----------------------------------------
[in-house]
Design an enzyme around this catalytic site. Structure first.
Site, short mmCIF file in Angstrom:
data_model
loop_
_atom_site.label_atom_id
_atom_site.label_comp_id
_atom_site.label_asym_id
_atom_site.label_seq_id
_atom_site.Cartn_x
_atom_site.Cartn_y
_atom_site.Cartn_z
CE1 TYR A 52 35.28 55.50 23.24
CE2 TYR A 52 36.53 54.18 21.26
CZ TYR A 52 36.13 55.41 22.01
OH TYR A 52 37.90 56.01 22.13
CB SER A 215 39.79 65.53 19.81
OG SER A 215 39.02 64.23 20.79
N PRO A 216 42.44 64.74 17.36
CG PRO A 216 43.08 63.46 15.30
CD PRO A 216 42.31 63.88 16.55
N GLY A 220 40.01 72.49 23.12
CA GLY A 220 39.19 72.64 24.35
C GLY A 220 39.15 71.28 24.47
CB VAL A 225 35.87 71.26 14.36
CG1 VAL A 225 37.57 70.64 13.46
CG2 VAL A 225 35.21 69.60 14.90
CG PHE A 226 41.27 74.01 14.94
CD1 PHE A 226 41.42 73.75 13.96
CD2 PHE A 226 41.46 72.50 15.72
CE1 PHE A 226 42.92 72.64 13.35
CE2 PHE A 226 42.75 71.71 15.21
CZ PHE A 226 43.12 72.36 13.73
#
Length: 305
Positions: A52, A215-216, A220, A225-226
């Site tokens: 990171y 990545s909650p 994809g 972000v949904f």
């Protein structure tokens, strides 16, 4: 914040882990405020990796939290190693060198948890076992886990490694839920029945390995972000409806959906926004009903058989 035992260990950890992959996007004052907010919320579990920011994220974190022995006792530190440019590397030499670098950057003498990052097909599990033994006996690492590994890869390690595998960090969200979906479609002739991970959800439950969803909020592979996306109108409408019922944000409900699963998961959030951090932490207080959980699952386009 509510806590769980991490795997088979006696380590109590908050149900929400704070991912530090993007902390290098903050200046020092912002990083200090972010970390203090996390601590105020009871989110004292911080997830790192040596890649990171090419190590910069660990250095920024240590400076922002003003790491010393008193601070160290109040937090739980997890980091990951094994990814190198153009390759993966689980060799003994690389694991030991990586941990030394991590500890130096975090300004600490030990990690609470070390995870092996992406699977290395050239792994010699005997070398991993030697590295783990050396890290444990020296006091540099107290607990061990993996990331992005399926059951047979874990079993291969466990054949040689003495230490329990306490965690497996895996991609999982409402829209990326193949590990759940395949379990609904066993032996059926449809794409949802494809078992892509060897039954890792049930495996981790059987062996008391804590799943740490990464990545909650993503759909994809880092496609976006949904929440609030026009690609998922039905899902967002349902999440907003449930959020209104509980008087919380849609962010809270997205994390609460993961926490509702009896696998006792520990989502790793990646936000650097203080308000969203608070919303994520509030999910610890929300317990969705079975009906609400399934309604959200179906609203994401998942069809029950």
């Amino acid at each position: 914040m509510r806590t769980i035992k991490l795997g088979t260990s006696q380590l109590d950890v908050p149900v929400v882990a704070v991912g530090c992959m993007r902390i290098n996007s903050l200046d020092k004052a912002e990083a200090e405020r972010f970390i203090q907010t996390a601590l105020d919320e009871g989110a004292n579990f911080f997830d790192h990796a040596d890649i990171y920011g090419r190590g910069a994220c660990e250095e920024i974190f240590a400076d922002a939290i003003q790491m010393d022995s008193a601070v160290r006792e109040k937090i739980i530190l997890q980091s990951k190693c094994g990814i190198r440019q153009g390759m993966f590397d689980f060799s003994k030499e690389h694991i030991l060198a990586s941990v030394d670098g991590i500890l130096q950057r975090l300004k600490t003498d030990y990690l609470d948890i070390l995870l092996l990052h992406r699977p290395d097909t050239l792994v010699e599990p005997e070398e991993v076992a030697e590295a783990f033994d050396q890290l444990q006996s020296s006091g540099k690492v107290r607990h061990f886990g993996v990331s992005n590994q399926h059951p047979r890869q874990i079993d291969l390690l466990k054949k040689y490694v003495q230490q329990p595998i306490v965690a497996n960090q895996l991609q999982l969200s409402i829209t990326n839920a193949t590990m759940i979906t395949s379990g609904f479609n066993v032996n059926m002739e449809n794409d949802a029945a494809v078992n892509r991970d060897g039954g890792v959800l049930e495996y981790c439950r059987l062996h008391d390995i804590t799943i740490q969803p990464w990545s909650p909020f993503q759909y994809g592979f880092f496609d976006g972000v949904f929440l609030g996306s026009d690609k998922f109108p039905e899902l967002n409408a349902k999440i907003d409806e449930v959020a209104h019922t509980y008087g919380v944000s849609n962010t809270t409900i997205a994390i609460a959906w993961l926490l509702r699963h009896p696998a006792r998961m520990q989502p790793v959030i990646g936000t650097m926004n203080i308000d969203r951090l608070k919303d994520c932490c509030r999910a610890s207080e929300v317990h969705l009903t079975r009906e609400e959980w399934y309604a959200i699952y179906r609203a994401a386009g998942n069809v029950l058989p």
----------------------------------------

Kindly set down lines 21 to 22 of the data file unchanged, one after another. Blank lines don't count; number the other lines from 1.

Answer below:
CD PRO A 216 42.31 63.88 16.55
N GLY A 220 40.01 72.49 23.12